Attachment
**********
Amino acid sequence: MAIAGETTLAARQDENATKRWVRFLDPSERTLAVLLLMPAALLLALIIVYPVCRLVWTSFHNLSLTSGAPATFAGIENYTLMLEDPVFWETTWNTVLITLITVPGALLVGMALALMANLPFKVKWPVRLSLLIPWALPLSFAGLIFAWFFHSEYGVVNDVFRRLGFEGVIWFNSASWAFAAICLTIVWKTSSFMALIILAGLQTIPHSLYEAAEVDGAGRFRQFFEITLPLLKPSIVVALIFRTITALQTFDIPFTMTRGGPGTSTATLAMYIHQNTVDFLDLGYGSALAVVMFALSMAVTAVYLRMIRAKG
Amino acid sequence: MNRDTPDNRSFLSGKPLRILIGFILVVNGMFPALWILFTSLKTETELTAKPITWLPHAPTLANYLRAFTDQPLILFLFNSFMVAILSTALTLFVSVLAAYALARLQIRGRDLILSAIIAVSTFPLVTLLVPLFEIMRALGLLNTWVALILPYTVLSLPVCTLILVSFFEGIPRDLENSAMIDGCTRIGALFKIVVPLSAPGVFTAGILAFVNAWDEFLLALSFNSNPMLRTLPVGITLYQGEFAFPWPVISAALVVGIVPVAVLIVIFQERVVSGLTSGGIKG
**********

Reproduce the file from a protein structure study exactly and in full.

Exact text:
Amino acid sequence: MAIAGETTLAARQDENATKRWVRFLDPSERTLAVLLLMPAALLLALIIVYPVCRLVWTSFHNLSLTSGAPATFAGIENYTLMLEDPVFWETTWNTVLITLITVPGALLVGMALALMANLPFKVKWPVRLSLLIPWALPLSFAGLIFAWFFHSEYGVVNDVFRRLGFEGVIWFNSASWAFAAICLTIVWKTSSFMALIILAGLQTIPHSLYEAAEVDGAGRFRQFFEITLPLLKPSIVVALIFRTITALQTFDIPFTMTRGGPGTSTATLAMYIHQNTVDFLDLGYGSALAVVMFALSMAVTAVYLRMIRAKG
Amino acid sequence: MNRDTPDNRSFLSGKPLRILIGFILVVNGMFPALWILFTSLKTETELTAKPITWLPHAPTLANYLRAFTDQPLILFLFNSFMVAILSTALTLFVSVLAAYALARLQIRGRDLILSAIIAVSTFPLVTLLVPLFEIMRALGLLNTWVALILPYTVLSLPVCTLILVSFFEGIPRDLENSAMIDGCTRIGALFKIVVPLSAPGVFTAGILAFVNAWDEFLLALSFNSNPMLRTLPVGITLYQGEFAFPWPVISAALVVGIVPVAVLIVIFQERVVSGLTSGGIKG